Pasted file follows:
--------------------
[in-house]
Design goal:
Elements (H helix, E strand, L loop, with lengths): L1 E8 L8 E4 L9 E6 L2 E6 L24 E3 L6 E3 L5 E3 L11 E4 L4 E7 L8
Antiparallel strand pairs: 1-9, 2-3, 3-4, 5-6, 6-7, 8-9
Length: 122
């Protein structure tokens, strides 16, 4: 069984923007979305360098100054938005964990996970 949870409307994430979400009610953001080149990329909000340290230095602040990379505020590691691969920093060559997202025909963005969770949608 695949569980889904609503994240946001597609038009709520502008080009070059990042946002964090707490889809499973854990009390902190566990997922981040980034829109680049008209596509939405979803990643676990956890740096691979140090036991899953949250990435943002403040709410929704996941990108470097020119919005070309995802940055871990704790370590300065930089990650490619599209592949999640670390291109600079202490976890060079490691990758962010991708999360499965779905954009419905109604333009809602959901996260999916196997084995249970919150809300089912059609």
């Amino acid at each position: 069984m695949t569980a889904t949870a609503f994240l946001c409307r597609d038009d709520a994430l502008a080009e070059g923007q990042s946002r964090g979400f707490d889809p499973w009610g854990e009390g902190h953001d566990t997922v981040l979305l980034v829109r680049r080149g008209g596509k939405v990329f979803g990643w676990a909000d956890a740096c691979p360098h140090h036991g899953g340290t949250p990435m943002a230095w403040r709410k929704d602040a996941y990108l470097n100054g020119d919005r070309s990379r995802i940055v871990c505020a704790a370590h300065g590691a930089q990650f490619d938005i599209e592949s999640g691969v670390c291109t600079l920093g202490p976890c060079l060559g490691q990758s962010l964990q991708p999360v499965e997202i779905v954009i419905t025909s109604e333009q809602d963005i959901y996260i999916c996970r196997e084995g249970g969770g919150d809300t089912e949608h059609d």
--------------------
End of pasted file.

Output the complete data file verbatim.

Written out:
[in-house]
Design goal:
Elements (H helix, E strand, L loop, with lengths): L1 E8 L8 E4 L9 E6 L2 E6 L24 E3 L6 E3 L5 E3 L11 E4 L4 E7 L8
Antiparallel strand pairs: 1-9, 2-3, 3-4, 5-6, 6-7, 8-9
Length: 122
């Protein structure tokens, strides 16, 4: 069984923007979305360098100054938005964990996970 949870409307994430979400009610953001080149990329909000340290230095602040990379505020590691691969920093060559997202025909963005969770949608 695949569980889904609503994240946001597609038009709520502008080009070059990042946002964090707490889809499973854990009390902190566990997922981040980034829109680049008209596509939405979803990643676990956890740096691979140090036991899953949250990435943002403040709410929704996941990108470097020119919005070309995802940055871990704790370590300065930089990650490619599209592949999640670390291109600079202490976890060079490691990758962010991708999360499965779905954009419905109604333009809602959901996260999916196997084995249970919150809300089912059609």
């Amino acid at each position: 069984m695949t569980a889904t949870a609503f994240l946001c409307r597609d038009d709520a994430l502008a080009e070059g923007q990042s946002r964090g979400f707490d889809p499973w009610g854990e009390g902190h953001d566990t997922v981040l979305l980034v829109r680049r080149g008209g596509k939405v990329f979803g990643w676990a909000d956890a740096c691979p360098h140090h036991g899953g340290t949250p990435m943002a230095w403040r709410k929704d602040a996941y990108l470097n100054g020119d919005r070309s990379r995802i940055v871990c505020a704790a370590h300065g590691a930089q990650f490619d938005i599209e592949s999640g691969v670390c291109t600079l920093g202490p976890c060079l060559g490691q990758s962010l964990q991708p999360v499965e997202i779905v954009i419905t025909s109604e333009q809602d963005i959901y996260i999916c996970r196997e084995g249970g969770g919150d809300t089912e949608h059609d």